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The Insecurity State Vulnerable Autonomy and the Right to Security in the Criminal Law by Peter Ramsay

The Insecurity State Vulnerable Autonomy and the Right to Security in the Criminal Law

Part of the Oxford Monographs on Criminal Law & Justice Series

RRP £73.00


The Insecurity State Vulnerable Autonomy and the Right to Security in the Criminal Law by Peter Ramsay

The Insecurity State is a book about the recent emergence of a 'right to security' in the UK's criminal law. The Insecurity State sets out from a detailed analysis of the law of the Anti-Social Behaviour Order and of the Coalition government's proposed replacement for it. It shows that the liabilities contained in both seek to protect a 'freedom from fear'and that this 'right to security' explains a lot of other recently enacted criminal offences. This book identifies the normative source of this right to security in the idea of vulnerable autonomy. It demonstrates that the vulnerability of autonomy is an axiomatic assumption of political theories that have enjoyed a preponderant influence right across the political mainstream. It considers the influence of these normative commitments on the policy of both the New Labour and the Coalition governments. The Insecurity State then explores how the wider contemporary criminal law also institutionalizes the right to security, and how this differs from the law's earlier protection of security interests. It examines the right to security, and its attendant penal liabilities, in the context of both human rights protection and normative criminal law theories. Finally the book exposes the paradoxical claims about the state's authority that are entailed by penal laws that assume the vulnerability of the normal, representative citizen. The Insecurity State offers a criminal law theory that is unorthodox in both its method and its content: BLIt is focused on a contemporary development in the 'special part' of the criminal law rather than the law's general principles. BLIt is an explanatory political sociology of substantive criminal law rather than the more familiar normative theory; but it is an explanatory theory that seeks to understand the law's historical development through an investigation of the changing character of its normative order. BLIt does not apply a pre-existing sociological or philosophical theory to the law; rather it develops a theoretical explanation from detailed legal analysis and reconstruction of New Labour's penal laws. BLIt concludes that repressive criminal laws have arisen from a deficit of political authority rather than from excessive authoritarianism.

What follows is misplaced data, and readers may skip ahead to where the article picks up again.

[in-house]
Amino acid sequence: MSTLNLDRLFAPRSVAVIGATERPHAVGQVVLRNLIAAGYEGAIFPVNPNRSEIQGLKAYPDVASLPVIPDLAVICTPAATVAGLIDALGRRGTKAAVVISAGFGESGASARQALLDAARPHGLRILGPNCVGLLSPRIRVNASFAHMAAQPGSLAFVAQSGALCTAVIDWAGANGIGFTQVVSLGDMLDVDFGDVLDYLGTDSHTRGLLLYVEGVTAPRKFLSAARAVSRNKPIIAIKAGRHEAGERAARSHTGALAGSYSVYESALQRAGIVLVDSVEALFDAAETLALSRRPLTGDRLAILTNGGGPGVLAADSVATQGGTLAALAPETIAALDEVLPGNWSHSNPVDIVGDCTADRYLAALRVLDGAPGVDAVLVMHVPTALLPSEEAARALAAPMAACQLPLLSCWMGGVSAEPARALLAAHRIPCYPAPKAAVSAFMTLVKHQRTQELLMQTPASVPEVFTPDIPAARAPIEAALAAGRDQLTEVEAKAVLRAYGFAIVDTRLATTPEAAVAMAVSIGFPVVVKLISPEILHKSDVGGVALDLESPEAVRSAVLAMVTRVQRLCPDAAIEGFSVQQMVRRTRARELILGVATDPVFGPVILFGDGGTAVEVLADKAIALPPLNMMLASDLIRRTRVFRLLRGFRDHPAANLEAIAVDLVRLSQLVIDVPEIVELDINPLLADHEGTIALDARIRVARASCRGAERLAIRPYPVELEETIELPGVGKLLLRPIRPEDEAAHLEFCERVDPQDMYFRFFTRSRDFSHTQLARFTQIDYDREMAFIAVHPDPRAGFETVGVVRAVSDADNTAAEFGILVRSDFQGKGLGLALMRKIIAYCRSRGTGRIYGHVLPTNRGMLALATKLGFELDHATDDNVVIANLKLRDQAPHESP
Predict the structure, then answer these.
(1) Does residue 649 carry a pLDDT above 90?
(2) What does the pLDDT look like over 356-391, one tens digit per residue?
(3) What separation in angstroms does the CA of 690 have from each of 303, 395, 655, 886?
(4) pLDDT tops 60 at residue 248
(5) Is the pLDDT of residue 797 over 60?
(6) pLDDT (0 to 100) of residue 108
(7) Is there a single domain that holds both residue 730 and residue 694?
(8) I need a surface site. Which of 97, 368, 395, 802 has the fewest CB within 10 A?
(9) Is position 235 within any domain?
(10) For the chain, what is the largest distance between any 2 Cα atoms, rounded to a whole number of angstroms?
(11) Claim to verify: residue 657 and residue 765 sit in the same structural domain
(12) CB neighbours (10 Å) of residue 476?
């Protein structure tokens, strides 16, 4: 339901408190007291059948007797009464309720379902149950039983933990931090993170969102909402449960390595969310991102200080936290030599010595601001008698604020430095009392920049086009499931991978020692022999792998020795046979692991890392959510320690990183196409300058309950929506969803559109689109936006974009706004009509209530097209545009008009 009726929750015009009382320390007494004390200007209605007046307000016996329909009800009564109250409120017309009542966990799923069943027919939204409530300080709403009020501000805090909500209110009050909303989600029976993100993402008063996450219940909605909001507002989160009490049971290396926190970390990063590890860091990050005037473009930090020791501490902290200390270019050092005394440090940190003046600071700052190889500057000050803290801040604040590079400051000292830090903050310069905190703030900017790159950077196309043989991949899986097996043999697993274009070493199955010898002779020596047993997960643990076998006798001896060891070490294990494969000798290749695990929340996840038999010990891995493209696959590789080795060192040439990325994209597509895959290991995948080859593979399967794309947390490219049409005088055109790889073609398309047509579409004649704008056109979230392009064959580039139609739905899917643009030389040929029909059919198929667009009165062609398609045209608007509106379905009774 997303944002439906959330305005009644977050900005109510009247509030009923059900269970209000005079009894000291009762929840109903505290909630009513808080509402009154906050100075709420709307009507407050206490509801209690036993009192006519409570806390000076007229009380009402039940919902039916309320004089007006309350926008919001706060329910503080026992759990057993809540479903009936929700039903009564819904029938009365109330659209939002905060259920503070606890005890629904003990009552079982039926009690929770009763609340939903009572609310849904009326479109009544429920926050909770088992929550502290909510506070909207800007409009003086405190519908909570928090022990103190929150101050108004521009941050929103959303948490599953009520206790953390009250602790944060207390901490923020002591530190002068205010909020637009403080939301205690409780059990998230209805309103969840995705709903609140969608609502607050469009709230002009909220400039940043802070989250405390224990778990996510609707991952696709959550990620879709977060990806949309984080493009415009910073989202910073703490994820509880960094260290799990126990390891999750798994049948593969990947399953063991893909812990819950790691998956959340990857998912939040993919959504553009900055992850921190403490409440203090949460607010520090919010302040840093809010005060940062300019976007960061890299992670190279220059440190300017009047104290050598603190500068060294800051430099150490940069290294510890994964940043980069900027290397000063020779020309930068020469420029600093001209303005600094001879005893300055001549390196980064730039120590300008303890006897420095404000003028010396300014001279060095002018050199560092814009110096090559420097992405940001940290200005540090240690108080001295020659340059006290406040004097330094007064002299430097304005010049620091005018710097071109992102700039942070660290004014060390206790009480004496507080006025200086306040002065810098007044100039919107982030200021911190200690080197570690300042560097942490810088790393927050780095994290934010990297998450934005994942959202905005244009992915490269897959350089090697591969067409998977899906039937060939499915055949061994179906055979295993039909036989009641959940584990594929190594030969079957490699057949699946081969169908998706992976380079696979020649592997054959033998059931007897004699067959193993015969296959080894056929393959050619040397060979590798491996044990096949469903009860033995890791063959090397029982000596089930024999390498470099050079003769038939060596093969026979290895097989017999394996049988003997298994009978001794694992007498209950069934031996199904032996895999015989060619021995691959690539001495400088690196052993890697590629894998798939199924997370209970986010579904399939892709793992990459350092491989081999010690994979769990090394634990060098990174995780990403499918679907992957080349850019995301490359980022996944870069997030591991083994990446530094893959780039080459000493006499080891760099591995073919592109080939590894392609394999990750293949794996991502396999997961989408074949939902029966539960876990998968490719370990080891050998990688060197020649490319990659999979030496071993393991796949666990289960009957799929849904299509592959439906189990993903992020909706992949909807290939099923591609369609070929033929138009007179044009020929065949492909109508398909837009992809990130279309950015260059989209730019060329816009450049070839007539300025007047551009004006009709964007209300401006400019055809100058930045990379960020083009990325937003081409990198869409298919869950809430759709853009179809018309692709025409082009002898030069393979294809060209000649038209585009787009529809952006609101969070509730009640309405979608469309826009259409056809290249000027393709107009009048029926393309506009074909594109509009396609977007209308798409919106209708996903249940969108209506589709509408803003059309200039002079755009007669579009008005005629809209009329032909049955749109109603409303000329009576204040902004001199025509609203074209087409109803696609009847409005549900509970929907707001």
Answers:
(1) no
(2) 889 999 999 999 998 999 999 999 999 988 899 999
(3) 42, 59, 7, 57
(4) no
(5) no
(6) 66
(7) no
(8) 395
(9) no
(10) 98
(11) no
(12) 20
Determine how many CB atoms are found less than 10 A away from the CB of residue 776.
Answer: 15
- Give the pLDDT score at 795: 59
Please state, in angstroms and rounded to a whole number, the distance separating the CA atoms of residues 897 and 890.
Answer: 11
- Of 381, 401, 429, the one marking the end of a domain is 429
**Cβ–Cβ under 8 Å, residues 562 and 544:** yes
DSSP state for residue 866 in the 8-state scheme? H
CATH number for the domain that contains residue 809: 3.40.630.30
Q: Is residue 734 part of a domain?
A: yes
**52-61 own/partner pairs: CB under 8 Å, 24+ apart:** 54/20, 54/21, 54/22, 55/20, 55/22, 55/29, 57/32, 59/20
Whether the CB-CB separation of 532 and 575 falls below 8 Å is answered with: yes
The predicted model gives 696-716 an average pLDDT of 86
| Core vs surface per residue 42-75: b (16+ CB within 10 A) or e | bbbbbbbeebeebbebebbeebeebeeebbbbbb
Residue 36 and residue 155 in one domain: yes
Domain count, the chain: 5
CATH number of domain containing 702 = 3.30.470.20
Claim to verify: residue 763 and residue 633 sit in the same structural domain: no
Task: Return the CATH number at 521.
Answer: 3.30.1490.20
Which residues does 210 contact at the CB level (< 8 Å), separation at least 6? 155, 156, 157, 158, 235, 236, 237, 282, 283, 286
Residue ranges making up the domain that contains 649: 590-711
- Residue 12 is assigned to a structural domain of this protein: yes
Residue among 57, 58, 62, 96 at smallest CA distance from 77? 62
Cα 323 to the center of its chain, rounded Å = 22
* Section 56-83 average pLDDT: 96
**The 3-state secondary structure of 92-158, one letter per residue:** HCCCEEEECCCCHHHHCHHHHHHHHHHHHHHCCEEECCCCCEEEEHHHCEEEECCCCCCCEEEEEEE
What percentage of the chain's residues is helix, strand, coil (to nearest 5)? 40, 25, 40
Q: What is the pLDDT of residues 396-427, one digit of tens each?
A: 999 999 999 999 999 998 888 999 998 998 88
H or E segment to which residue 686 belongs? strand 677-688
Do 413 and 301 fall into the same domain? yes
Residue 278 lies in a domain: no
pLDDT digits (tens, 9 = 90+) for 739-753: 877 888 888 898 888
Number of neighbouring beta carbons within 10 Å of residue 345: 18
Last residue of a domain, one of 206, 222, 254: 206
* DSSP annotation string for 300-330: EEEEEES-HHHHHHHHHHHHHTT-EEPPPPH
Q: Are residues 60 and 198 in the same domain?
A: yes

It is a rare pleasure to read a boko that displays proficiency in so many disciplinary languages. Ramsay engages with doctrinal scholarship, normative theory, criminology and political philosophy with equal enthusiasm and aplomb - whilst avoiding the worst excesses of each. The result is essential reading for anyone interested in the connections between criminal justice and security. Andrew Cornford, The Modern Law Review This is not just an exceptionally useful and well-informed book about the changing nature of law in the UK, but it is more importantly an attempt to situate these developments in the changing nature of the state. Stuart Waiton, International Journal of Law in Context

About the Author

Peter Ramsay studied Economics at Nottingham University. He then worked for more than a decade in public relations and publishing before studying law at the University of Westminster and University College London. He was appointed Lecturer in Law at the London School of Economics in 2006 and completed his PhD at King's College London in 2008.

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Book Info

Publication date

26th April 2012


Peter Ramsay

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Oxford University Press


280 pages


Criminal justice law
Jurisprudence & philosophy of law
Political science & theory



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